I mean, I don’t have a clue. I don’t! But I voted Remain not because of any particular affinity towards the EU – I am always one to err on the side of caution in these matters, and defend the status quo unless the boat is in severe need of rocking – but because I could see this referendum for what it was from the outset. It was a grab for power: a vote-winning fiasco made by a desperate man who jumped ship (to extend the metaphor) as soon as it didn’t go his way. I firmly believe that you shouldn’t let the man in the street decide this sort of thing in any case – at least not these days, when people are so unilaterally thick – but if it’s unavoidable it needs to occur under the right sort of circumstances, and this was a political hotbed. How many people do you know who voted Leave simply because they despised Cameron? Exactly.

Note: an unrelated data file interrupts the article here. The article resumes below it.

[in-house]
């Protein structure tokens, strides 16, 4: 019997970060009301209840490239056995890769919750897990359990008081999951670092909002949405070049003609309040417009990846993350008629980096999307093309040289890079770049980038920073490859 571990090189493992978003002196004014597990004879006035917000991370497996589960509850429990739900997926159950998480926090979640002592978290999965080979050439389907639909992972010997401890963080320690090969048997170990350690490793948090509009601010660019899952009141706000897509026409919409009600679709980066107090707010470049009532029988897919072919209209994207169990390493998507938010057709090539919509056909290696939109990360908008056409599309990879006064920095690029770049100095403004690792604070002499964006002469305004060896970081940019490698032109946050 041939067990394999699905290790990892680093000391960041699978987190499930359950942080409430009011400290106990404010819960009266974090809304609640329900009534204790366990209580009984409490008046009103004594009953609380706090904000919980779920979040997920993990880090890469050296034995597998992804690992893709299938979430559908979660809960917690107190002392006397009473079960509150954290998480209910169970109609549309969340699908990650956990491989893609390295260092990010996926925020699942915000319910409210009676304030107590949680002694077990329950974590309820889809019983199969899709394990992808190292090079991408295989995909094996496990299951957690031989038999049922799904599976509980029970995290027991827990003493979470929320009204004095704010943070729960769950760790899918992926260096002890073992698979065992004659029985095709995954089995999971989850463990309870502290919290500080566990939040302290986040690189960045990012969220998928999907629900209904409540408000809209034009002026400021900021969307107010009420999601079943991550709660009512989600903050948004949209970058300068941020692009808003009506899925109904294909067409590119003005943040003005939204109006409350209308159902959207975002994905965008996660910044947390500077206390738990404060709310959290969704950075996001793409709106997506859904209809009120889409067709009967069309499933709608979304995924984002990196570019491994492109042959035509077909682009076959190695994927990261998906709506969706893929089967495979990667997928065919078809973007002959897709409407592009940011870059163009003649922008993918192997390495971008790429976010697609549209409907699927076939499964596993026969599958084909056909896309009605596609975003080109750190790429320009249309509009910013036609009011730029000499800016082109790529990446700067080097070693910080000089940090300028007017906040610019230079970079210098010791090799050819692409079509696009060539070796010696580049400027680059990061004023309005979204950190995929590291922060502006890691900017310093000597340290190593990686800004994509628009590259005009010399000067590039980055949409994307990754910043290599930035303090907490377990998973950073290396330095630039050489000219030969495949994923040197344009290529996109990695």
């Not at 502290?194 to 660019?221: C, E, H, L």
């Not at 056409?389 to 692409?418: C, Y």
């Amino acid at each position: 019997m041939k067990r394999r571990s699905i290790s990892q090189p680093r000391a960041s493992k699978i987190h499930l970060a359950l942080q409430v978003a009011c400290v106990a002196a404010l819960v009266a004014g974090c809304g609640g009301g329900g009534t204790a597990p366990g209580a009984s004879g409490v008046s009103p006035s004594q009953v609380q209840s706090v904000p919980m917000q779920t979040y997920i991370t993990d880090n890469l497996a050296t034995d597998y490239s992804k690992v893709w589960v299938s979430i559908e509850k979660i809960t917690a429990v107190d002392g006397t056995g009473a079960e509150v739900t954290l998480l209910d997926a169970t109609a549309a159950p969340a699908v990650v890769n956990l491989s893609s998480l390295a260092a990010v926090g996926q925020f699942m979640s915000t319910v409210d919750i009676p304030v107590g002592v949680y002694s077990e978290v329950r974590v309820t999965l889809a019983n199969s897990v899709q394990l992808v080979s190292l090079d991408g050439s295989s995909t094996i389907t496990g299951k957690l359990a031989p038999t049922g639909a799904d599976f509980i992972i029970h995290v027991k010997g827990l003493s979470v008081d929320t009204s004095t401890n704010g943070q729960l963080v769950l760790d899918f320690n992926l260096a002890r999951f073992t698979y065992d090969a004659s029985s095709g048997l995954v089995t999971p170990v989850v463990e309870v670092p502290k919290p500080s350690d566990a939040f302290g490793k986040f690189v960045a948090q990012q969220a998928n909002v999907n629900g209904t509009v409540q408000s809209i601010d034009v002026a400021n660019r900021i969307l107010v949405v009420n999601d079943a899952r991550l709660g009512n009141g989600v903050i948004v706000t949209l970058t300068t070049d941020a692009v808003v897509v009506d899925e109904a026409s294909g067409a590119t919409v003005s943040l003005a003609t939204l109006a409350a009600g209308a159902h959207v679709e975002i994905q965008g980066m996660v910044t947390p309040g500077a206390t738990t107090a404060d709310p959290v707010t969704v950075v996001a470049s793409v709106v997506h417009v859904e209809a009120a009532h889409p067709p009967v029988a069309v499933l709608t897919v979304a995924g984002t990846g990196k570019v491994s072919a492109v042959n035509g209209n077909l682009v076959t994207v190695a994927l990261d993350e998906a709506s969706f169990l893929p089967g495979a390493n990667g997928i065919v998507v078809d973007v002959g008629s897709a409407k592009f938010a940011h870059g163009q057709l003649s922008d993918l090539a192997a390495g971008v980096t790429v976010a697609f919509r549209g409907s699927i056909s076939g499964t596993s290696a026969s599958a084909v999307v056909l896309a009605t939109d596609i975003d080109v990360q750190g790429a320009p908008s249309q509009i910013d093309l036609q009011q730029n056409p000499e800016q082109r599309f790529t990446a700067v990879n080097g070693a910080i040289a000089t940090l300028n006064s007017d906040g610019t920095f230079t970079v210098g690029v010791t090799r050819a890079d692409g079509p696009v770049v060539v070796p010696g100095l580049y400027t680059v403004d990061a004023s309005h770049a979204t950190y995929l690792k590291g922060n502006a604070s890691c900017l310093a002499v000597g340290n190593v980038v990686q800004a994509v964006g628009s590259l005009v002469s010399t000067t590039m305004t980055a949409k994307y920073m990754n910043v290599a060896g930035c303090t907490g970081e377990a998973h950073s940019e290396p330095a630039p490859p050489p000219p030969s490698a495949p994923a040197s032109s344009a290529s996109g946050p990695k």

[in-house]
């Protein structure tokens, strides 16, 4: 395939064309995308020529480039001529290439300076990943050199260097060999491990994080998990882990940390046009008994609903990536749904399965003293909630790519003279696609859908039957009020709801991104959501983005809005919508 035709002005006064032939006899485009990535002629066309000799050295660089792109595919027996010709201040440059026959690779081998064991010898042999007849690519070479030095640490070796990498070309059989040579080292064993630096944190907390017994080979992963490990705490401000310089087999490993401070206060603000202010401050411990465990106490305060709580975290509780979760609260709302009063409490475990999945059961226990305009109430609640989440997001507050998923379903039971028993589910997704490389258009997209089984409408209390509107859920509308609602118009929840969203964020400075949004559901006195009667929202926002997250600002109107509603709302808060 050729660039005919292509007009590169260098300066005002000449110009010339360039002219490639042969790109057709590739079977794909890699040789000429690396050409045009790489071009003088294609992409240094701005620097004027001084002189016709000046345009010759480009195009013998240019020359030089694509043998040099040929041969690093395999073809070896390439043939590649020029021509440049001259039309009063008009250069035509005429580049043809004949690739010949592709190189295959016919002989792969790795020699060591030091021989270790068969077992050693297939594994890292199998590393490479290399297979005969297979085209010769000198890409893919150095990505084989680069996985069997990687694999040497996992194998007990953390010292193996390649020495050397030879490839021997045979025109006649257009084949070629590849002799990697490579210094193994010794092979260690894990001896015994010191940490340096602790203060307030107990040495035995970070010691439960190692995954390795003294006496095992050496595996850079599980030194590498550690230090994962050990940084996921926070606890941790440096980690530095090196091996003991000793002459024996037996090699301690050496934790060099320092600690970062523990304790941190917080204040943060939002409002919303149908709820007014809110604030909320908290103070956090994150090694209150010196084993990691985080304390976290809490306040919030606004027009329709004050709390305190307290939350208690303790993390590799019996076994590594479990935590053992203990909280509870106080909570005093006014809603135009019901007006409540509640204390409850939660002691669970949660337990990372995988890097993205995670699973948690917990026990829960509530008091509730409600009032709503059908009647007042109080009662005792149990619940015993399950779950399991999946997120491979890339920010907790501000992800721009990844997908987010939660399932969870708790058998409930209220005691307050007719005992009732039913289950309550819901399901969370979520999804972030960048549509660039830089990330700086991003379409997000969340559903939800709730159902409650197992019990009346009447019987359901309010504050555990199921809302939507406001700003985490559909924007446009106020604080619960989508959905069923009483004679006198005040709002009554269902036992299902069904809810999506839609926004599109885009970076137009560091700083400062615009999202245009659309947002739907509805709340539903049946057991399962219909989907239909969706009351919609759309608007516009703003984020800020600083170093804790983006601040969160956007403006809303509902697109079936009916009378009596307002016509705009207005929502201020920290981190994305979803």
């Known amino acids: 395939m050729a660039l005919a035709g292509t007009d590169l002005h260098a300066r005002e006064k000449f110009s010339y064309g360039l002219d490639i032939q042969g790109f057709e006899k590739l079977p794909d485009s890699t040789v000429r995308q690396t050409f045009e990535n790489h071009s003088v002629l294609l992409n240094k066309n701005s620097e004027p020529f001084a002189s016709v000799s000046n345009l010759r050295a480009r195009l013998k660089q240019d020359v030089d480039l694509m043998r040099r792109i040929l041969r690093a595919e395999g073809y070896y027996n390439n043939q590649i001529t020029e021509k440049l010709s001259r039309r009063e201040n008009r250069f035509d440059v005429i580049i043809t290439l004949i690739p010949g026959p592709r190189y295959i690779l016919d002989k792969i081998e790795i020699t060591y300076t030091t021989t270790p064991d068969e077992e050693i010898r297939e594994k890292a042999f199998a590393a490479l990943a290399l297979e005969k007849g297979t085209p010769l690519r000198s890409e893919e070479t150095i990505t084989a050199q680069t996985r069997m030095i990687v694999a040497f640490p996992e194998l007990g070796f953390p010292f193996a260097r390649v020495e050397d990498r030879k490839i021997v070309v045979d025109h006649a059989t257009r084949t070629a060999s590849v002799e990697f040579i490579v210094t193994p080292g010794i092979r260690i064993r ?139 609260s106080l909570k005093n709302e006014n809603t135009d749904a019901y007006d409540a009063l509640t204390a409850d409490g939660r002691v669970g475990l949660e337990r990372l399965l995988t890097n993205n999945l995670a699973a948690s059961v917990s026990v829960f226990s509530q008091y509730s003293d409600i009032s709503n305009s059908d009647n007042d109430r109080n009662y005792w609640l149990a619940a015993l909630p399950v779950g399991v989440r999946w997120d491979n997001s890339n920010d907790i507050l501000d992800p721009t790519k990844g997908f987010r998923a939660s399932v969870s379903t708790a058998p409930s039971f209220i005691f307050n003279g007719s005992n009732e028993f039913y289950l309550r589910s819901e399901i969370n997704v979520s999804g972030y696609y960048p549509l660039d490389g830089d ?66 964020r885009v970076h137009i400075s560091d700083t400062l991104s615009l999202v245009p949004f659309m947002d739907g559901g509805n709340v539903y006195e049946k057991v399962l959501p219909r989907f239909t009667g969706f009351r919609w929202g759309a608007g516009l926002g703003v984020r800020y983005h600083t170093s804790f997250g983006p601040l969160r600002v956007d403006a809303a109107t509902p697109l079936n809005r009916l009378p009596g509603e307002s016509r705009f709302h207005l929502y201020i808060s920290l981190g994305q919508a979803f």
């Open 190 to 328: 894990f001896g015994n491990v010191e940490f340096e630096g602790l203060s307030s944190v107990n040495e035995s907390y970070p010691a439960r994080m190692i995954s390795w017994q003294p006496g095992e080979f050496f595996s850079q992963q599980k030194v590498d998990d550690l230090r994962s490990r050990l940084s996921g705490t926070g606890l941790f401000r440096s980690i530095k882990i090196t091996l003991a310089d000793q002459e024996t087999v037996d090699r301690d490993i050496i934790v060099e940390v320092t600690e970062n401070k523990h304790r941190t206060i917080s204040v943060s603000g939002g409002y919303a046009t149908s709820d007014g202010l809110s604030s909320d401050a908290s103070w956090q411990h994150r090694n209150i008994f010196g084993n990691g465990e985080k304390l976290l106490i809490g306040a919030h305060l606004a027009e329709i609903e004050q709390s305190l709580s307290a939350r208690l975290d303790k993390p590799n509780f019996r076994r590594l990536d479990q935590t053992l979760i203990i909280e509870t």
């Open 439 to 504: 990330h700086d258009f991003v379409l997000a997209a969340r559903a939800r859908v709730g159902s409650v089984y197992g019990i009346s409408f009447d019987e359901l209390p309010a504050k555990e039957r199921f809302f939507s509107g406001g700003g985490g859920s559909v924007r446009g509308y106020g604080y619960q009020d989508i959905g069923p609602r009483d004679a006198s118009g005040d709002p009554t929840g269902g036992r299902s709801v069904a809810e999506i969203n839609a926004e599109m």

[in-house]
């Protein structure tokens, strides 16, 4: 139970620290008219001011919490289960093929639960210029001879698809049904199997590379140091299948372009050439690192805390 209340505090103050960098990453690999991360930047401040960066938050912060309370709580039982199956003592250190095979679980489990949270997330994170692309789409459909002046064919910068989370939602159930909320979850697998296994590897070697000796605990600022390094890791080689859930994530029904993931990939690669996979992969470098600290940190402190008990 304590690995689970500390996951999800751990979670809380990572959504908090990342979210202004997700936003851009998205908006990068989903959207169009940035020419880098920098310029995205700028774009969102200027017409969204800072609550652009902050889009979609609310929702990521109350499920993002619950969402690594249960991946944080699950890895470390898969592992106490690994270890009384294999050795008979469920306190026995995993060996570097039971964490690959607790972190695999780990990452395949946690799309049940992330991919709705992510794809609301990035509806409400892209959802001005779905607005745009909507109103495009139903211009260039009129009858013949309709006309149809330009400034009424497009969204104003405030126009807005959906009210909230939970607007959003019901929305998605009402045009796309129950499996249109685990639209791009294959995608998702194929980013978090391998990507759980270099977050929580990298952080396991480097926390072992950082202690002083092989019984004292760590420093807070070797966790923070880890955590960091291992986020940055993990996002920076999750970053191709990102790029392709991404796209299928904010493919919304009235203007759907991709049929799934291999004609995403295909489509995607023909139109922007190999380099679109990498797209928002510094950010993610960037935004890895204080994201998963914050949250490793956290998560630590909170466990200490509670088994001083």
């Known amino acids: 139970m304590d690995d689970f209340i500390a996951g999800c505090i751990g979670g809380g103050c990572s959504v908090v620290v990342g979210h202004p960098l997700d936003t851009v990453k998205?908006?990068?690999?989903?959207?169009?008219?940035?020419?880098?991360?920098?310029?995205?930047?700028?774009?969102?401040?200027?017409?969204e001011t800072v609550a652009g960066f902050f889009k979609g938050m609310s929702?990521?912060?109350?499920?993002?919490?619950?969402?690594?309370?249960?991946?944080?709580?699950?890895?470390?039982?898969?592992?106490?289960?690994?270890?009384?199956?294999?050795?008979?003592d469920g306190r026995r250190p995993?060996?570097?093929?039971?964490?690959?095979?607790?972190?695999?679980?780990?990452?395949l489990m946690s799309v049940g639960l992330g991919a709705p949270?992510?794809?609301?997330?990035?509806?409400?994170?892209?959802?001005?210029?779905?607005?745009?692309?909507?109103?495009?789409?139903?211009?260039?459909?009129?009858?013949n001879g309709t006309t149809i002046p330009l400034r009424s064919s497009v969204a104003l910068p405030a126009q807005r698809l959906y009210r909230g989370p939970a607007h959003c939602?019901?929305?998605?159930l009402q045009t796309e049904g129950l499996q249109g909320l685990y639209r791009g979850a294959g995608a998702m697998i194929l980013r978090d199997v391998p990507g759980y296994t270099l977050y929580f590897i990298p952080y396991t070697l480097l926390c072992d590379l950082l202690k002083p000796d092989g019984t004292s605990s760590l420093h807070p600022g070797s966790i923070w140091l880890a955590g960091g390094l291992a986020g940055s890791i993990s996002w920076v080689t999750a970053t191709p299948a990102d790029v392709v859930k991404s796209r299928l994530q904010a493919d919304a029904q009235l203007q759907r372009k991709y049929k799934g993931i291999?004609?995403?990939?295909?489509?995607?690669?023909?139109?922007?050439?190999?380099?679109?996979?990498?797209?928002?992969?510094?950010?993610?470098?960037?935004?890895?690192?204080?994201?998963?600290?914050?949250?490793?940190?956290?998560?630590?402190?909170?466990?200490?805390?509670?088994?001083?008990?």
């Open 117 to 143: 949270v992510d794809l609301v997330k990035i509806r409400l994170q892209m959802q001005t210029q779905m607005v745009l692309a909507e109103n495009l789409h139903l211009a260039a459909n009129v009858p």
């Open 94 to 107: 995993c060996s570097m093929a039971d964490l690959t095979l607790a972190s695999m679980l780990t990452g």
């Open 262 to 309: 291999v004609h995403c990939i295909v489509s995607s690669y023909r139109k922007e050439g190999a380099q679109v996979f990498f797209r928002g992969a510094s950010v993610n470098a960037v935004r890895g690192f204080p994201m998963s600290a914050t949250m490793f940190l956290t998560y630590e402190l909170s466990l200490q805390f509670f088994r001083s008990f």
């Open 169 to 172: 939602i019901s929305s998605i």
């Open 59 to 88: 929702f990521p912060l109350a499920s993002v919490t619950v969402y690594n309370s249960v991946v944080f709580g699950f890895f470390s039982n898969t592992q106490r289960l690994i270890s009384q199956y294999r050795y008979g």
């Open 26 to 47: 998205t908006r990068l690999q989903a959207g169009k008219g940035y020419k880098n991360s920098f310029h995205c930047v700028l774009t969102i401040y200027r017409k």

We saw this again in the Commons, just last night: support for Theresa May’s deal improved when she said she’d resign if they voted it through. If you can’t trust MPs – who are supposed to be sensible about these things – not to be fickle and spiteful (or, if you’re Rees-Mogg, just a shade Machiavellian) when it comes to making incredibly important decisions, then what hopes for the rest of us? This was not something that should ever have been decided by the ballot box, at least not under the current administration, who are too out of touch, too insular and frankly too incompetent to carry this through. I knew that back in 2016, and that’s largely why I stuck to the Remain camp. And three years later, I turned out to be right.

Certainly there is a tangible sign of Referendum Fatigue – as up in the hills, despite the local area being a strong Leave constituency, there is a disappointing turnout on Nigel Farage’s March For Brexit.